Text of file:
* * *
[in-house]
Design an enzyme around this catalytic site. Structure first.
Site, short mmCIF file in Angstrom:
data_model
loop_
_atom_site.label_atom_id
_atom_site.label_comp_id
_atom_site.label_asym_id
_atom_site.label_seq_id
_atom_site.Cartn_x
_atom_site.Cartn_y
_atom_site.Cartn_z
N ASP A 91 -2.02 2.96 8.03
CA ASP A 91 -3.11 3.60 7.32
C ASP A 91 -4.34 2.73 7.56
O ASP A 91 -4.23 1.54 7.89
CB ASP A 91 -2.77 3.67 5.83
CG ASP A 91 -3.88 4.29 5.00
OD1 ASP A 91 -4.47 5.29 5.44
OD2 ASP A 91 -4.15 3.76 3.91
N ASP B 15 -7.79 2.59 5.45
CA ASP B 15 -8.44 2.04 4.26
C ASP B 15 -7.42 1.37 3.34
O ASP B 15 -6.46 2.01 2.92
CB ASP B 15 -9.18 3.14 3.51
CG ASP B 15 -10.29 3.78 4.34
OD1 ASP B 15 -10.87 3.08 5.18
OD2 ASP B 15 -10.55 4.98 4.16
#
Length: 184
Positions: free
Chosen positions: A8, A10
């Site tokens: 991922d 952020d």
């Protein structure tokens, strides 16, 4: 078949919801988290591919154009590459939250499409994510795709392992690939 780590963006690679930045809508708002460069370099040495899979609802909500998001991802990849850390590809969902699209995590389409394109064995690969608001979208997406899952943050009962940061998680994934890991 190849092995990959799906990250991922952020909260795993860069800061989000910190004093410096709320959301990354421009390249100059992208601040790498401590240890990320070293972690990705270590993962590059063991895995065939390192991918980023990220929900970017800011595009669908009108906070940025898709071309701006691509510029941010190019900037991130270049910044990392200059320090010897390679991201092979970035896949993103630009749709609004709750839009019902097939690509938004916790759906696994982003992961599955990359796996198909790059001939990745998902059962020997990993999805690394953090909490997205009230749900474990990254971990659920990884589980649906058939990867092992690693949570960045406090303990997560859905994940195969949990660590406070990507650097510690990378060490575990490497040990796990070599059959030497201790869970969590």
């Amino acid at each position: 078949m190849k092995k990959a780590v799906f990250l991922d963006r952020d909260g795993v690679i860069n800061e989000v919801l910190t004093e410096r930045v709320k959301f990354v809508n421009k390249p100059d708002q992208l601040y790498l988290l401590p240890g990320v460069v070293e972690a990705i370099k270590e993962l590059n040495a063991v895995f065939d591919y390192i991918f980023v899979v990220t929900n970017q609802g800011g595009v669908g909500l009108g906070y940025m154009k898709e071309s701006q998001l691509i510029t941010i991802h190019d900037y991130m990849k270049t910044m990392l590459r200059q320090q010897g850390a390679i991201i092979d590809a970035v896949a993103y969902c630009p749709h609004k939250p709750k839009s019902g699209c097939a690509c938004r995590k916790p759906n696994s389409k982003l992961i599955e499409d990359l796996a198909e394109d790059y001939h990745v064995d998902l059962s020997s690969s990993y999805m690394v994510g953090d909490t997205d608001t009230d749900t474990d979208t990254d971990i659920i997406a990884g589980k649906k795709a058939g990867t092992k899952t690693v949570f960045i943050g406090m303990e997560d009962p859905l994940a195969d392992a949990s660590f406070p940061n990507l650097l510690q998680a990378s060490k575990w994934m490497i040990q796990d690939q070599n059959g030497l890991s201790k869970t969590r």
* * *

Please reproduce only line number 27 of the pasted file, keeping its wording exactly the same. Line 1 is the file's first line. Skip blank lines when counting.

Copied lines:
OD1 ASP B 15 -10.87 3.08 5.18